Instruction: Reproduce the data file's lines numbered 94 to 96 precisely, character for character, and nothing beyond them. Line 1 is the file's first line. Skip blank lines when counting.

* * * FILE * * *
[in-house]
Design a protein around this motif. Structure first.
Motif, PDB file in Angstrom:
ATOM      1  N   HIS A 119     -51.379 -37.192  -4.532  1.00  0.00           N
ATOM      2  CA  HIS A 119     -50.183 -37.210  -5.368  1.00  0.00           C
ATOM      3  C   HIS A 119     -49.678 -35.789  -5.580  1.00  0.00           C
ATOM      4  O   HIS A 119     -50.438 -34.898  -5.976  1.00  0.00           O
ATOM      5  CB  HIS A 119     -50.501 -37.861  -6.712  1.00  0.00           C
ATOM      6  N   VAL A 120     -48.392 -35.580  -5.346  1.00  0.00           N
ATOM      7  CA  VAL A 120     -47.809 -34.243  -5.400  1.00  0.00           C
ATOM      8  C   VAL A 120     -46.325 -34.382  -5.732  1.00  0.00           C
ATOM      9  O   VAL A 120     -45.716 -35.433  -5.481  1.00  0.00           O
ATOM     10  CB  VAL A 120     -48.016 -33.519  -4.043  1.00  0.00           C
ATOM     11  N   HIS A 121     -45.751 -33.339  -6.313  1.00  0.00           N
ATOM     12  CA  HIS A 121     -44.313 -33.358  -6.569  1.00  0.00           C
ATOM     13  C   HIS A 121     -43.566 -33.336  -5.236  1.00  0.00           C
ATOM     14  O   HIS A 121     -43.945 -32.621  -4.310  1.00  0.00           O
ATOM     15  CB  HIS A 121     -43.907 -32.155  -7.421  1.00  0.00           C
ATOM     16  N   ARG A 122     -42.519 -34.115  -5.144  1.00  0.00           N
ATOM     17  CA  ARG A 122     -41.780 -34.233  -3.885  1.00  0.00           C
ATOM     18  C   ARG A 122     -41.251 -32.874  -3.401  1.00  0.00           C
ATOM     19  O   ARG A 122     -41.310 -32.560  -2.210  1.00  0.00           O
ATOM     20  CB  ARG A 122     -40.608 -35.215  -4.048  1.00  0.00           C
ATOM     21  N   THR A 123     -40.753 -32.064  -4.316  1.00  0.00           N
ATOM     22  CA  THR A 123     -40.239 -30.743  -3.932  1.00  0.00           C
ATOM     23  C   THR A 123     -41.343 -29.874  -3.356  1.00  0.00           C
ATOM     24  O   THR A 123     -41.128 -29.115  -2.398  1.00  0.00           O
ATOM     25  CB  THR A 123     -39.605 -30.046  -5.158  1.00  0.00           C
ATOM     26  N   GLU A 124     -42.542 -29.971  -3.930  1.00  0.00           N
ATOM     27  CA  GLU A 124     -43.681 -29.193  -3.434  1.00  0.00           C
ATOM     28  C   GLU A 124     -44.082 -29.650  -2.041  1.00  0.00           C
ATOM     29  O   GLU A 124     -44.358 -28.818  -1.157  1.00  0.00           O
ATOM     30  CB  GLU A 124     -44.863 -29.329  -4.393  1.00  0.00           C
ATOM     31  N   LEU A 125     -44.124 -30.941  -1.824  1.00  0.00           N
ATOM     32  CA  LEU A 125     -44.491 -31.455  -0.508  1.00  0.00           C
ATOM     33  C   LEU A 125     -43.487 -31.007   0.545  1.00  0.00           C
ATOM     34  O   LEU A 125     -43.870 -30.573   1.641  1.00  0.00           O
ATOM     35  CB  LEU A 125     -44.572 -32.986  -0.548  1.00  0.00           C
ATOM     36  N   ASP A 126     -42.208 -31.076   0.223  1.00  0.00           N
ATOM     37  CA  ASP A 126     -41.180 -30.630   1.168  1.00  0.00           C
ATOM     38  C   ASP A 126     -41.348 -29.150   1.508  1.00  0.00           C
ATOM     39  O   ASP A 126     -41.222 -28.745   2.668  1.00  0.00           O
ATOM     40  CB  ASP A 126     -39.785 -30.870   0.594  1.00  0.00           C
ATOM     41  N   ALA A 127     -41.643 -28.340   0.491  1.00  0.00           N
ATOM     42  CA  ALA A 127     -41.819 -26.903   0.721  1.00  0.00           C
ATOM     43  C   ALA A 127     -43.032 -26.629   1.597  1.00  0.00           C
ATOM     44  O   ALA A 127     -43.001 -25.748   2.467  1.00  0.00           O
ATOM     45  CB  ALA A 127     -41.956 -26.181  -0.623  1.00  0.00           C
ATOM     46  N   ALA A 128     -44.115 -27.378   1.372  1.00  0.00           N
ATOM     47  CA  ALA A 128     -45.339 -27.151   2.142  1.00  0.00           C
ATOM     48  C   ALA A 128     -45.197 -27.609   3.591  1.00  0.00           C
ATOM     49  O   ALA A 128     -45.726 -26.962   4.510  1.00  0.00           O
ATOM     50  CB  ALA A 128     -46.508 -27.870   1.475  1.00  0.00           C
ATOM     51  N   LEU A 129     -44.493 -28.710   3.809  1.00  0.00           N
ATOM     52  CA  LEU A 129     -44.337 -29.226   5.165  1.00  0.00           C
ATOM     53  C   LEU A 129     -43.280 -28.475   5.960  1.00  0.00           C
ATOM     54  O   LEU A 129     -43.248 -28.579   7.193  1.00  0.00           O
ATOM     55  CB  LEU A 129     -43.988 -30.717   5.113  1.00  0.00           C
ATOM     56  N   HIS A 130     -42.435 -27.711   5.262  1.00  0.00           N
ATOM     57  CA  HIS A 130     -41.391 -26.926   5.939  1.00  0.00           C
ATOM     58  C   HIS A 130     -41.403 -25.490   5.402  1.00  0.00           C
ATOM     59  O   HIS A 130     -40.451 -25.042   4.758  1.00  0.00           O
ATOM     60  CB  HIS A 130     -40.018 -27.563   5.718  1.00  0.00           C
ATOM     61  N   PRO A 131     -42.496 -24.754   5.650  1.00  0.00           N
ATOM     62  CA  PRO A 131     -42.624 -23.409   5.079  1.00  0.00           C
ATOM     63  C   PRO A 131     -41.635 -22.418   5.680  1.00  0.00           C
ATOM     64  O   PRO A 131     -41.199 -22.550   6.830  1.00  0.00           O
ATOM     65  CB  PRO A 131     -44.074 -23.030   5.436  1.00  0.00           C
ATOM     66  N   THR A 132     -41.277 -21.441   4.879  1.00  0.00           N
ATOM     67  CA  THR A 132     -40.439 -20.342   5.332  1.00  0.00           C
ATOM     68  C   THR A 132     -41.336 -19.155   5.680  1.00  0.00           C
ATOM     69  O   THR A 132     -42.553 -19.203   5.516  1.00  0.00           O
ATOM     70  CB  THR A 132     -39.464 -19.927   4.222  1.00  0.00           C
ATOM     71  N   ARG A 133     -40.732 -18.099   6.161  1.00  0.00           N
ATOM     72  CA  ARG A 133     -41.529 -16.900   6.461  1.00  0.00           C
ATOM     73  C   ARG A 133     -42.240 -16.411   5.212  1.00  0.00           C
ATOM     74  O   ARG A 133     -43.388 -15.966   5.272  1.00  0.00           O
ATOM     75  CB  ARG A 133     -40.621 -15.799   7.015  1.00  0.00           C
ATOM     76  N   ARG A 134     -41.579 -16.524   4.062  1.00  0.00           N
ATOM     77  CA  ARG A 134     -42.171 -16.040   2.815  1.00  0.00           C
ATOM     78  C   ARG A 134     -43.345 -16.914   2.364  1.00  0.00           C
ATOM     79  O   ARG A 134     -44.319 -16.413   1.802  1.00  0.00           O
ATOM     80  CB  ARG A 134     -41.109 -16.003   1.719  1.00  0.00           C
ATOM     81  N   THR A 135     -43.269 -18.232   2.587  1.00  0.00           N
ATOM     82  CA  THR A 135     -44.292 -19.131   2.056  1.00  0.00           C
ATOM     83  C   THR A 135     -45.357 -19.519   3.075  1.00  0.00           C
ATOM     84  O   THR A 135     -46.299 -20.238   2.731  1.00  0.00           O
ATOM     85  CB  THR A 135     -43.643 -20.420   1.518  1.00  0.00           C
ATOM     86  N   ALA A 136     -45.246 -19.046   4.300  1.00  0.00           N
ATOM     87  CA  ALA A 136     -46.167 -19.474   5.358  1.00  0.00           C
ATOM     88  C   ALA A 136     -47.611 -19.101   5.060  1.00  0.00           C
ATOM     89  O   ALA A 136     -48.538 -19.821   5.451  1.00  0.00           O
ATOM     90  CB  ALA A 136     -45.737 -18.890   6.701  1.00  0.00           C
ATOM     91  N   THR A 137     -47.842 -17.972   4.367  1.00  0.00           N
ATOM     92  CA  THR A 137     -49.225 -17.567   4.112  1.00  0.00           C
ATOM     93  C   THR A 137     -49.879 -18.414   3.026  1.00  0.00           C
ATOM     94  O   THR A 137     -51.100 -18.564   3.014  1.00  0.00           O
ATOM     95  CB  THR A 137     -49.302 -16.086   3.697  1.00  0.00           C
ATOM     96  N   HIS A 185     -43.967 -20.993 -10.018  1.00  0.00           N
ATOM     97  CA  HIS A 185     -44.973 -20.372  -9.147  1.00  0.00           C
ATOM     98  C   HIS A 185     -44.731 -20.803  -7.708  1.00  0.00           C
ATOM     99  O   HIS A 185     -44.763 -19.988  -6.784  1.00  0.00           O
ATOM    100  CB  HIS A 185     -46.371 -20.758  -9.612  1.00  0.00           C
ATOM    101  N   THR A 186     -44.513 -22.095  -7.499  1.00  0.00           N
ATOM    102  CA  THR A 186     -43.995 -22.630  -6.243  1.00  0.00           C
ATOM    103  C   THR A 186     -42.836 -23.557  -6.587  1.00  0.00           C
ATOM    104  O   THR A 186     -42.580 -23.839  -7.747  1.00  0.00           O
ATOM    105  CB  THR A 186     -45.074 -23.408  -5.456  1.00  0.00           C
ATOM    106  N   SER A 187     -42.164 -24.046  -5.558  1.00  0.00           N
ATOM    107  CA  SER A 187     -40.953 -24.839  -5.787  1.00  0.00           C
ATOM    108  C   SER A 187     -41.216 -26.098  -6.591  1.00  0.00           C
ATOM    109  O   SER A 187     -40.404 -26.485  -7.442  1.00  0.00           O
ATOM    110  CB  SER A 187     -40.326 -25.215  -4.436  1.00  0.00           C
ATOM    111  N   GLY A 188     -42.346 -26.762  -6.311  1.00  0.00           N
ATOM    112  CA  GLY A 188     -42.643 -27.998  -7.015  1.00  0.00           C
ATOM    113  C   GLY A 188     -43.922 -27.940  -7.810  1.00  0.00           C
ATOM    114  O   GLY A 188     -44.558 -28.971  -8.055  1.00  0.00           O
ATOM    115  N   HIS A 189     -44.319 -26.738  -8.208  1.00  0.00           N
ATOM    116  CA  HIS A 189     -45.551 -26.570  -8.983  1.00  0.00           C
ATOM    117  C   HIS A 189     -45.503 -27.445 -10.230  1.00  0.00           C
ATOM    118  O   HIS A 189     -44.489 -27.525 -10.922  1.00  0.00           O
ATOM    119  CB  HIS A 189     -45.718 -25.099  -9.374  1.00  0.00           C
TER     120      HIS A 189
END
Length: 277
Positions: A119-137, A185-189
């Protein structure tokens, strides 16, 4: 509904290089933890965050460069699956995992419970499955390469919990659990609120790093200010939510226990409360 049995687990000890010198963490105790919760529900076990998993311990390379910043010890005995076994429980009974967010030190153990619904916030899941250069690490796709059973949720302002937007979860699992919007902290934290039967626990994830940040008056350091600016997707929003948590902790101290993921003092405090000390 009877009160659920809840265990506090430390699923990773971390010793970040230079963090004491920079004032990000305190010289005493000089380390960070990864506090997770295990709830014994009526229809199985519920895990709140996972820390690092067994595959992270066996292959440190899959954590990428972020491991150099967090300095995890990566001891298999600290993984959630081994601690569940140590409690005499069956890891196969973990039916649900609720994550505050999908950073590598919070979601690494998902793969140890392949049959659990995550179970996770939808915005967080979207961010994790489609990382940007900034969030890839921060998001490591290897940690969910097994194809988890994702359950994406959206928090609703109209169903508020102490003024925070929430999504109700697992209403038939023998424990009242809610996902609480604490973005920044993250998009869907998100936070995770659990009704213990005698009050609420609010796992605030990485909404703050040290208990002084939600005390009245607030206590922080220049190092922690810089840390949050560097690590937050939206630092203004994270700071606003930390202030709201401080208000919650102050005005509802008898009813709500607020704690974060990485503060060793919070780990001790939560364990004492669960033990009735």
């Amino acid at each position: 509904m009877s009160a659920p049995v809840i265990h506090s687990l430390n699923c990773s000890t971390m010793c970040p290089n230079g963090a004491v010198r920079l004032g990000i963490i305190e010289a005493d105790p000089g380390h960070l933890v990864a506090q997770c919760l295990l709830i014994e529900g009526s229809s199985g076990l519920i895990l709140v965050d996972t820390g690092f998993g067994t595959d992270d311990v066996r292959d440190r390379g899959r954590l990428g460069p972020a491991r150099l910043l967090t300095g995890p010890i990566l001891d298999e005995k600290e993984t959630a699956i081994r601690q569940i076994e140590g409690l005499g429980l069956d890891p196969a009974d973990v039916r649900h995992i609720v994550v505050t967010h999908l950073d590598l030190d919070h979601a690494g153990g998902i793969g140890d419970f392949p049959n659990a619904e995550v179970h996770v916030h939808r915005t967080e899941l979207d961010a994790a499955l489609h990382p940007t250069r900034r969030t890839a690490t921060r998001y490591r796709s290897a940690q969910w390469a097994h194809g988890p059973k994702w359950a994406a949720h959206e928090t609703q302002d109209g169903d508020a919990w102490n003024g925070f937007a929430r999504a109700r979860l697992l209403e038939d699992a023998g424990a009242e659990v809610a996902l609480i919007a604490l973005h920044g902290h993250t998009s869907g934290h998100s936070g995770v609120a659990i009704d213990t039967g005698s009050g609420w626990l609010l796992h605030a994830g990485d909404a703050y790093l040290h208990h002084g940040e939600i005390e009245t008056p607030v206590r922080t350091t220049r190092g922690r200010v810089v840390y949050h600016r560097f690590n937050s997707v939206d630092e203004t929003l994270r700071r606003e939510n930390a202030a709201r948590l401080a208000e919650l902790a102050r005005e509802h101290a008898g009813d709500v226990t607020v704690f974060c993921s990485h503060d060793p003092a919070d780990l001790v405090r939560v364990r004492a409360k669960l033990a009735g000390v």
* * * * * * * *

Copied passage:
ATOM     91  N   THR A 137     -47.842 -17.972   4.367  1.00  0.00           N
ATOM     92  CA  THR A 137     -49.225 -17.567   4.112  1.00  0.00           C
ATOM     93  C   THR A 137     -49.879 -18.414   3.026  1.00  0.00           C